Whereas in most non-US countries, the chambers act as a quasi government agency, the US chambers are for the most part dedicated hard working local business people who nonetheless are unqualified to review, approve and stamp/sign any origin certificate. They simply do not understand these documents nor their content or format.
    The burden of proof as to the quality/accuracy of any origin certificate, properly falls on the USPPI and or the US Importer of Record.
    Although little actual value can be placed on a US Chamber stamping/signing an origin certificate, I do agree that the practice of lending out their “official” seal/stamp should cease.

  2. Victor MR Vincent, Senior Vice President & Head - Regulatory & Indirect Taxes, M/s Arshiya International Limited says:

    The post by Chris Mead is highly relevant in this age of globalization. The Country of Origin Certificate (COO) is a critical document in India for allowing full or partial exemption from Customs duty on imported goods under Preferential Tariff Agreements with various countries. Moreover, the Indian Customs Law also provides legal basis for such COO. The international trade has allowed free movement of goods from one country to another for various kinds of value-added activities without involving ‘substantial transformation’ in the goods. Under this situation, the COO can be misused to avail of concessional rate of customs duty and other benefits by unscrupulous elements.

  3. Chris Mead says:

    Bernie makes some solid points. I am glad he agrees with ACCE and the other organizations about the pitfalls of stamp lending (and borrowing). When the chambers that have lent out their stamps get them back, that’s Job 1 of the process of improving certificate of origin handling. Job 2 will be to do the job right. Some chambers are doing a good job, but many need training, which is why our organization is preparing training materials. Once there’s better quality in certificate of origin handling, there will be an appreciable value-add to the trading system.

  4. Rita Huang says:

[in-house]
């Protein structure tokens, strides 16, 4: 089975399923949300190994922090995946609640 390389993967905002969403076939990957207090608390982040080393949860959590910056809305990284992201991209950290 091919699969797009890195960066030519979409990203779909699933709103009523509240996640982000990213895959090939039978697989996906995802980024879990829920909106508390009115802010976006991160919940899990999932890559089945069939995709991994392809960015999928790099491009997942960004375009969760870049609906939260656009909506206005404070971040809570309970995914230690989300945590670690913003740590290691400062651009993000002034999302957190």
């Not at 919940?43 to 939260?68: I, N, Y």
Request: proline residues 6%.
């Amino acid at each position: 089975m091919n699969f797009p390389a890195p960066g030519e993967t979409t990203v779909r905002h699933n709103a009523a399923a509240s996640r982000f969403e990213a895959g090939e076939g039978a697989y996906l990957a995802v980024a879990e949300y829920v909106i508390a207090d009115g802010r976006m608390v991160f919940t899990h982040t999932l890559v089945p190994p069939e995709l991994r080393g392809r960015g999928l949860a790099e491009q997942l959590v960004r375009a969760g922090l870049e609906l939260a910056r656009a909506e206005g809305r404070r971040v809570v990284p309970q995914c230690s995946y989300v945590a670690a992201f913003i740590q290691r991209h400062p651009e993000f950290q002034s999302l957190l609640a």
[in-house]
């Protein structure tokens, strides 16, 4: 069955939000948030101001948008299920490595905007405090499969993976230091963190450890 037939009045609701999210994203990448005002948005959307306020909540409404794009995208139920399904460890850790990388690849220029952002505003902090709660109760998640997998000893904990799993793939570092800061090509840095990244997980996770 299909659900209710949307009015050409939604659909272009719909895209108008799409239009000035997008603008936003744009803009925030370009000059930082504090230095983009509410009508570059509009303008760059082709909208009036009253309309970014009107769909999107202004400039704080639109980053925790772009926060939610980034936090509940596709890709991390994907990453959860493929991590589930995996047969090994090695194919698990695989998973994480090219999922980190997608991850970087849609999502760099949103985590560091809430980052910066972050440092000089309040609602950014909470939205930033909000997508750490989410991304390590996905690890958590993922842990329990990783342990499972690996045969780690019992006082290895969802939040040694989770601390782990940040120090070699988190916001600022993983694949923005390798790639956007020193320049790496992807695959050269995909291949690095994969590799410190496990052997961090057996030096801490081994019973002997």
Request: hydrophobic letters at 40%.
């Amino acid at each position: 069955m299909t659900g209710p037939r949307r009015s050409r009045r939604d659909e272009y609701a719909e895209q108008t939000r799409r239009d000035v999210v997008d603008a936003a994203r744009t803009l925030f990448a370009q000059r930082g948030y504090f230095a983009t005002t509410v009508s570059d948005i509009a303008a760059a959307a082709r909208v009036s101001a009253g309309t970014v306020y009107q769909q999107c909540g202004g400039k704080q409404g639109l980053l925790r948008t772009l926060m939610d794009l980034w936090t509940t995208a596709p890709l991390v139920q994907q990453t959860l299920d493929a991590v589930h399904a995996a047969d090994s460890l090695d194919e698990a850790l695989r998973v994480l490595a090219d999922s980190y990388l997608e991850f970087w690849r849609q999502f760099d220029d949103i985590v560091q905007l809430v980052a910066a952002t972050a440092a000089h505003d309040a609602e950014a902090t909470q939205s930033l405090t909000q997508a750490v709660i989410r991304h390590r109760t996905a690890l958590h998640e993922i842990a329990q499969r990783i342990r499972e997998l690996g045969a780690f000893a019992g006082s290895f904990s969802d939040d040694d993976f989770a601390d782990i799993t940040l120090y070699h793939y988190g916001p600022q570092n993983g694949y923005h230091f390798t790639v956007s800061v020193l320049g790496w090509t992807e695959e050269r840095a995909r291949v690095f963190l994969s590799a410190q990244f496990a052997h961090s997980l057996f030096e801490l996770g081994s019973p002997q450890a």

I like this blog

  5. Dean says:

    I wonder if all the seals are retrieved couldn’t foreign entities, friend or foe counter fit the seals which would seem to be easier than currency. What is definitely called for here is a change in business process management of these seals.

  6. Edith Folta says:

    Where can we obtain the regulations or summary of international regulations and agreements governing COO issuance?

  7. Chris Mead says:

    The best source on following the correct procedures for certificates of origin is International Certificate of Origin Guidelines from the ICC World Chambers Federation.  Here is a link to the site for the book, which costs $50.

  8. Lee Tipton says:

    A related question: Is there a US export regulation requiring country of origin to be marked on merchandise being exported from the US? You have to show on AES, but does the merchandise actually have to be marked according to US law?
    Thanks.

  9. Global Reach Daniel says:

    Hello Lee,

    There is no reference in the Foreign Trade Regulations citing the need to mark merchandise with the appropriate country of origin. As you pointed out, it is necessary to provide the Country of Origin in AES but specifically for shipments exported from Foreign Trade Zones (Sec. 30.52(b)). If you want to verify other applicable regulations, you should contact the International Trade Administration at 1-800-USA Trade or go to export.gov.

  10. David Chenard says:

    Currently we type (on a typewriter) the COO’s for Israel, 5 to 12 per day using the green 5 part carbonless 19-388 form (Unz & Co.) I was wondering if there was software available to enable us to produce them within our system. I cannot imagine that large exporter to Israel is sitting down and manually preparing COO’s on a typewriter. Also, is the 5 part 19-388 form the only acceptable document for Israel COO’s. Your input is appreciated. Thank you.

    • Global Reach Daniel says:

      Hello David,

      For questions related to the Certificate of Origin, please contact the International Trade Administration at 1-800-872-8723.

  11. Norma says:

    Where can we as a chamber get training on how to answer and have knowledge on what we are stamping.? I do not know if it is the correct form and I am asked that all the time. Also where is a listing of who and where you can get one stamped in each state.